You ran the red light,” said the police officer, getting into James Okafor’s passenger seat. “Let’s head to the station for the paperwork.”
Okafor, a missionary from Nigeria, had been driving through Nairobi, Kenya, when the officer motioned for him to pull to the side of the road. Certain of his innocence, Okafor began to protest, then realized the officer was from the Somali tribe, the largest non-Christian group in Kenya. OK, let’s go for a drive, he thought.
For the past several years, Okafor has traveled to the eastern part of the country—a majority Muslim area—supporting local pastors in their evangelism efforts. He has also regularly hosted gatherings of Kenyan pastors and community workers, though he must do so in secret to keep them safe. In 2015 Islamic terrorists attacked a college in Garissa, killing 148 people. Witnesses said attackers were targeting Christians and other non-Muslims. “We’re here to make friends, not enemies,” Okafor said. “We want to respect [Islamic leaders] but also remain obedient to our call to make disciples.”
By the time he and the officer arrived at the police station, they had hit it off so well that the officer asked Okafor to park and continue the conversation. For the better part of an hour they discussed al Shabaab—a terrorist organization causing havoc in Kenya—and the Dadaab refugee camp, home to more than 200,000 Somalis. Okafor surprised the officer by telling of his experiences in the man’s hometown, a place to which many Kenyans won’t travel.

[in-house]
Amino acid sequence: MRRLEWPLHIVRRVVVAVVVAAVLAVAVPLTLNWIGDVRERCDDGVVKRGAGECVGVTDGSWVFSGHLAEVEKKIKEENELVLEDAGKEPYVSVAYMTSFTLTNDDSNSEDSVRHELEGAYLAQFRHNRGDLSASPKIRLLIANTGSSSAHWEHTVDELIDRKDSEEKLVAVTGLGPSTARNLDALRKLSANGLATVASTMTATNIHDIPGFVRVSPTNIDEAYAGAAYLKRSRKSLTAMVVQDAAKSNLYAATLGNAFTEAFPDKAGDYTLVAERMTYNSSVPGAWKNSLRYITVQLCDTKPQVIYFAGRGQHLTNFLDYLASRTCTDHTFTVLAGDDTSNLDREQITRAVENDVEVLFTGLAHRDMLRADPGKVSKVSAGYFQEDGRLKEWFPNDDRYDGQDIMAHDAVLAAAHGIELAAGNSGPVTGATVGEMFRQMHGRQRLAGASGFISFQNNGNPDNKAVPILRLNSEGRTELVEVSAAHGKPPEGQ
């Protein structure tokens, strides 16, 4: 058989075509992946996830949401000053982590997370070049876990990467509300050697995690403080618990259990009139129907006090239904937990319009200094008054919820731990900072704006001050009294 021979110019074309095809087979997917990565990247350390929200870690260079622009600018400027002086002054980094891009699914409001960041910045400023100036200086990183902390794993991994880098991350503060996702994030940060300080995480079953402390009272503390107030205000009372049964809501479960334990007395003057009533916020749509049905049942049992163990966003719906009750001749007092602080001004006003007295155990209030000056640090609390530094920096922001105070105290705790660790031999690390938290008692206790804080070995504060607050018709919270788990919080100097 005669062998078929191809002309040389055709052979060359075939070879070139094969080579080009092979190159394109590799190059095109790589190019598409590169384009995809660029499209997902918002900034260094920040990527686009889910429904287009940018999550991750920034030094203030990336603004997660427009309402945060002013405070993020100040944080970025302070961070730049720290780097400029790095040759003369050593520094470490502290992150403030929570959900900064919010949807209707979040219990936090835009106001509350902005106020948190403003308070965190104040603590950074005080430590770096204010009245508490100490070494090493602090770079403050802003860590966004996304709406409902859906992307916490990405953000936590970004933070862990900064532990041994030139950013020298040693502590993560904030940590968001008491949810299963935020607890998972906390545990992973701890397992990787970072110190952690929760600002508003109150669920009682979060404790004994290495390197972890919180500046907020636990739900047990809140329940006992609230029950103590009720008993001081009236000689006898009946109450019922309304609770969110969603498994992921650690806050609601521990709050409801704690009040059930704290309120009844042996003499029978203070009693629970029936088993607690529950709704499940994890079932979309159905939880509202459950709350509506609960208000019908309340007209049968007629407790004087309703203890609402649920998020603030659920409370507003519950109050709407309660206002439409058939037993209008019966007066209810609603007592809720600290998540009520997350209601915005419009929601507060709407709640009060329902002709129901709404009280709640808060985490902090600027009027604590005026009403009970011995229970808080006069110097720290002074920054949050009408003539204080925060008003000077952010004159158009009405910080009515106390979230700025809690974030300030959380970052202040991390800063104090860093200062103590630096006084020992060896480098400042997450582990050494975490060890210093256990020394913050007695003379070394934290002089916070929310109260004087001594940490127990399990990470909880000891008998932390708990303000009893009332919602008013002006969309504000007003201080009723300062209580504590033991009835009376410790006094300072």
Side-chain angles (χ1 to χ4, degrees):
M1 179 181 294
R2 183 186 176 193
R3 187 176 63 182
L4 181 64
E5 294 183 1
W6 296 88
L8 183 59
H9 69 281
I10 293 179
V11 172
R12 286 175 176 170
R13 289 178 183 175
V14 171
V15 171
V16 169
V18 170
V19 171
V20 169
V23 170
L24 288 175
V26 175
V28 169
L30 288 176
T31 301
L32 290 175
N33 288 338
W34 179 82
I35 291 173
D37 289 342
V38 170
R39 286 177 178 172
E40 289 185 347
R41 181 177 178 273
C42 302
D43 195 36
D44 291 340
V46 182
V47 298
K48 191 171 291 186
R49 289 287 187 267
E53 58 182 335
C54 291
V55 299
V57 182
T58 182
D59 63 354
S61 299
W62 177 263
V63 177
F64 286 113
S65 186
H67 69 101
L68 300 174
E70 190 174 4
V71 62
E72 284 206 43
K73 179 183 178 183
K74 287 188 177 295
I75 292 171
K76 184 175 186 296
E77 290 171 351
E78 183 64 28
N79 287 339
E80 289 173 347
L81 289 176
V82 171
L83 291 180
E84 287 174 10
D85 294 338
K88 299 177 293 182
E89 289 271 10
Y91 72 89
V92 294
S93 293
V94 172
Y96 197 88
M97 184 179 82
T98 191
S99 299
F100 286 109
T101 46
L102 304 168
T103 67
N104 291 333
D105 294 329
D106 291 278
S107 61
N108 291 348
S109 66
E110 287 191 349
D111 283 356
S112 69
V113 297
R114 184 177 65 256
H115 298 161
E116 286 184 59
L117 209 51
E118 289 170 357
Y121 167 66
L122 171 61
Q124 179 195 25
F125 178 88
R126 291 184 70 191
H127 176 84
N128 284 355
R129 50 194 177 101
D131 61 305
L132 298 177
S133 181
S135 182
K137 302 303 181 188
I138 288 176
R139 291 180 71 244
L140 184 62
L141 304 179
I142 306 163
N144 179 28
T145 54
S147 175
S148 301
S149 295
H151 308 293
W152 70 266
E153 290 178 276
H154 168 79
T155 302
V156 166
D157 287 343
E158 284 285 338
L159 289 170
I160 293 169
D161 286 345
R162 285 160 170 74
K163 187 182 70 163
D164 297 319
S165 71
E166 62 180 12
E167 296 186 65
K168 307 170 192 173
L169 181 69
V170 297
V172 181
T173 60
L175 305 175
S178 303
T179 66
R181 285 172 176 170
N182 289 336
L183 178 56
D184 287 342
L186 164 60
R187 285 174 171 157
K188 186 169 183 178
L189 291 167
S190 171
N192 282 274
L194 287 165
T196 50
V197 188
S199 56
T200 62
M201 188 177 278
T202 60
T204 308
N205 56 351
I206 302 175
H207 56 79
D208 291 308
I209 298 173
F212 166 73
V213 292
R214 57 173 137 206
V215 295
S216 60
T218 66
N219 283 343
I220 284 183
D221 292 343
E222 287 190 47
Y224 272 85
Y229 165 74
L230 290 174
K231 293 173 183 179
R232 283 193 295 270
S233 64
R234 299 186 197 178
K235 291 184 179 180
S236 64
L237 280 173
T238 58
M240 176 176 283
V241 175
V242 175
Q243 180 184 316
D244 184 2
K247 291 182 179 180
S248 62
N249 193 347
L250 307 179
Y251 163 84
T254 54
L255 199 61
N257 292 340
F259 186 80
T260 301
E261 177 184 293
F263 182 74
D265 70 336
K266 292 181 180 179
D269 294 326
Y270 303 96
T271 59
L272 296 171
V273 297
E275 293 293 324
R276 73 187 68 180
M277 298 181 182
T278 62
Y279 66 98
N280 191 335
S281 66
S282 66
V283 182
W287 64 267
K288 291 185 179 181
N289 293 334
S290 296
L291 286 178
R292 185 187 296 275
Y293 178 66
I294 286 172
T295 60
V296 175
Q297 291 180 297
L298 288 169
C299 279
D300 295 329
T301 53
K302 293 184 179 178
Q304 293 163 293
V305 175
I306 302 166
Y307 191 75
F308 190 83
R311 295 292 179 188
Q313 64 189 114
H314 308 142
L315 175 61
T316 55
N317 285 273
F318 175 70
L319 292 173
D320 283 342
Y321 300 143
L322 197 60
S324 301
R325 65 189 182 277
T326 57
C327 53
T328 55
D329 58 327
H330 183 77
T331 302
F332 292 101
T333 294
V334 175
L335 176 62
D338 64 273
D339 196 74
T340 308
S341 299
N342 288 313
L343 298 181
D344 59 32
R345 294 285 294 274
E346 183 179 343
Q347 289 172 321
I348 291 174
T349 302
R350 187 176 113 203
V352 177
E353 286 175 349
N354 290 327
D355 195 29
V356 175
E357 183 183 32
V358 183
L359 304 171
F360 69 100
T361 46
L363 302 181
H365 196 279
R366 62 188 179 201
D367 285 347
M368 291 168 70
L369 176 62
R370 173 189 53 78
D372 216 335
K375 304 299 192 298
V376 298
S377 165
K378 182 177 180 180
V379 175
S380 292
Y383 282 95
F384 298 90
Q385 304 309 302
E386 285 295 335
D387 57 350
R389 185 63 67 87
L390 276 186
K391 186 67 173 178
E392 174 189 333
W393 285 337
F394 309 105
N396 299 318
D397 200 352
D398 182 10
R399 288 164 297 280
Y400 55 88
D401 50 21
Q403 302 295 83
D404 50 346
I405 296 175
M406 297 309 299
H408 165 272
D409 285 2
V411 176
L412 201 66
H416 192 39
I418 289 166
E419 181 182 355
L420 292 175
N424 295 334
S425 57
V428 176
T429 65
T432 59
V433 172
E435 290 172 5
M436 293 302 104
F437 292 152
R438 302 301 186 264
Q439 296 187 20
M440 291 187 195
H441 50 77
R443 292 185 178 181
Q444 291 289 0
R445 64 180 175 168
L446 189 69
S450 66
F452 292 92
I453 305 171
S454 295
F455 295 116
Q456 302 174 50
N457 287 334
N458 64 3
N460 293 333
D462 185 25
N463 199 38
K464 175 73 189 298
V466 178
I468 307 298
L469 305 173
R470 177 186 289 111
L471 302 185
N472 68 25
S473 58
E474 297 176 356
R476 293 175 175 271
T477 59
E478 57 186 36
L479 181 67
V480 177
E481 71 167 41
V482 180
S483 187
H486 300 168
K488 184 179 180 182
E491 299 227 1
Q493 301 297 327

“Why would you go there?” the officer asked.
“Because I want to improve the lives of people who are marginalized,” Okafor said.
Impressed with this kindness toward his people, the officer decided to let Okafor go. The missionary responded by opening the glove compartment, taking out an In Touch Messenger, and pressing play. Intrigued, the officer said he would happily take the audio Bible as a gift. Since that day they’ve met several times to discuss faith in Jesus.
Not every encounter goes as smoothly—ministry in Islamic areas is filled with threats and challenges. One of Okafor’s workers, a Muslim-background believer who lives in the refugee camp, was severely beaten for preaching. This man, who has taken several dozen Messengers across the border into Somalia, now changes his residence often to avoid a worse fate.
Today, the audio Bibles remain a key component of Okafor’s ministry. He knows that Scripture is the greatest testament to the person of Jesus. After leading a depressed motorcycle taxi driver to the Lord, Okafor gave the man a Messenger. Within months the driver started a discipleship group of nearly 20 people who gather to listen. “The Spirit of God works with the Word of God in the hearts of people to lead them in what to do,” Okafor said. “That’s how God is working.”
Photographs by Audra Melton